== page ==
In 1800, soon after the French Revolution, a priest, Fr. Vincent, founded the Congregation of the Holy Name of Jesus in Toulouse, and paved the way for it to carry the light to the little girls of France by the very necessary work of teaching and education.
In 1885, a decisive move was made: Mother Helen Daguzan, then Mother General, affiliated the Institute to the Order of Saint Dominic. Indeed, she found moral support, sure guides and affinities with the Preachers: religious simplicity, apostolic spirit, thirst for the interior life, and ardent aspiration towards perfection.
This affiliation turned out to be fruitful: in five years, fifty novices joined the Congregation!
Later, when civil persecutions struck, Saint Dominic kept watch over them.
Saint Pius X gave the sisters the line of conduct to follow:
“The souls of the children of France are well worth the heroic sacrifices made on their behalf.”
So the sisters chose to be deprived of their religious habit, in order to be able to continue their mission of educating French children.
Fifty years later, Mother Helen Jamet and Father Calmel, two great leaders of the Congregation, foresaw the reforms that were necessary to unify the sisters’ religious and teaching life, thus preparing them to resist the still hidden tempests which would soon be provoked by modernism.
Elected Mother General in 1967, Mother Anne Marie Simoulin continued this fight with courage and lucidity, addressing the various domains in which it surfaced: the “carte scolaire,” [Translator’s note: With the “carte scolaire” the French bishops imposed the teaching of certain grades on one religious congregation and that of other grades on another congregation, thus depriving parents of a choice of schools for their children.] the new catechism, the overturning of religious statutes (observances, the Divine Office, the religious habit…) and the reform of the Mass (the Novus Ordo).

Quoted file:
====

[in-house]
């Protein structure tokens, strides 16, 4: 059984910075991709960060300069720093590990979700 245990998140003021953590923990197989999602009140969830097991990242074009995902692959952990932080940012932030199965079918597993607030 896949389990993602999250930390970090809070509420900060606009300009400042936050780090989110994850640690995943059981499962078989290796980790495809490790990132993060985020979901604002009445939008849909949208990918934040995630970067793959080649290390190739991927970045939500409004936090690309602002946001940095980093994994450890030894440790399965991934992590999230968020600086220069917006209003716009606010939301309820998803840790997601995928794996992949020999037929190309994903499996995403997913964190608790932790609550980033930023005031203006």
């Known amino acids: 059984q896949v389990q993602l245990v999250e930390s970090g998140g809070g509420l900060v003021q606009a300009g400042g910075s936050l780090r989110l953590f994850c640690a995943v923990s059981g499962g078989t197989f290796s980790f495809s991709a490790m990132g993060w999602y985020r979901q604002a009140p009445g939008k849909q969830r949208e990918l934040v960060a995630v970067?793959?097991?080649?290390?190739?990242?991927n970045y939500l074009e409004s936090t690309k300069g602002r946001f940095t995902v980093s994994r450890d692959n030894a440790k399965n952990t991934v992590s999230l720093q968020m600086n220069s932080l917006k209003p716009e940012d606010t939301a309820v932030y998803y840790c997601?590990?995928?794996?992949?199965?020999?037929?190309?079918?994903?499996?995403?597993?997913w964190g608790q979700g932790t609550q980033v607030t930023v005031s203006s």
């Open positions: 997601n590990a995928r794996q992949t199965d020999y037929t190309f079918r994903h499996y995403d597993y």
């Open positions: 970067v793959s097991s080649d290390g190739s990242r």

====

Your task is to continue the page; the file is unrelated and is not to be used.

At that time, some sisters decided to leave: one group went to Brignoles in 1974, and another to Fanjeaux in 1975 under the direction of Mother Anne-Marie. Abandoned by their own, the sisters took refuge at “La Clarté-Dieu,” and found both support and guidance in the person of Monseigneur Lefebvre, who was engaged in the same combat. Their other source of help and light was a Dominican priest, the Reverend Father de Chivré, a true son of St. Dominic.
An unfailing fidelity to the Catholic Church, to the Tridentine Mass in its integrality, to the traditional teaching of Catholic doctrine, and to the Dominican teaching life, such is the ideal which we pursue and by which we live day after day, an ideal deepened by mental prayer, the Divine Office, the rosary, and doctrinal study.
“Contemplari et contemplate aliis tradere.”
“To contemplate and to pass on to others the fruit of one’s contemplation.”
Over forty years, our foundations have multiplied: from far and near, girls of all ages continue to call upon us.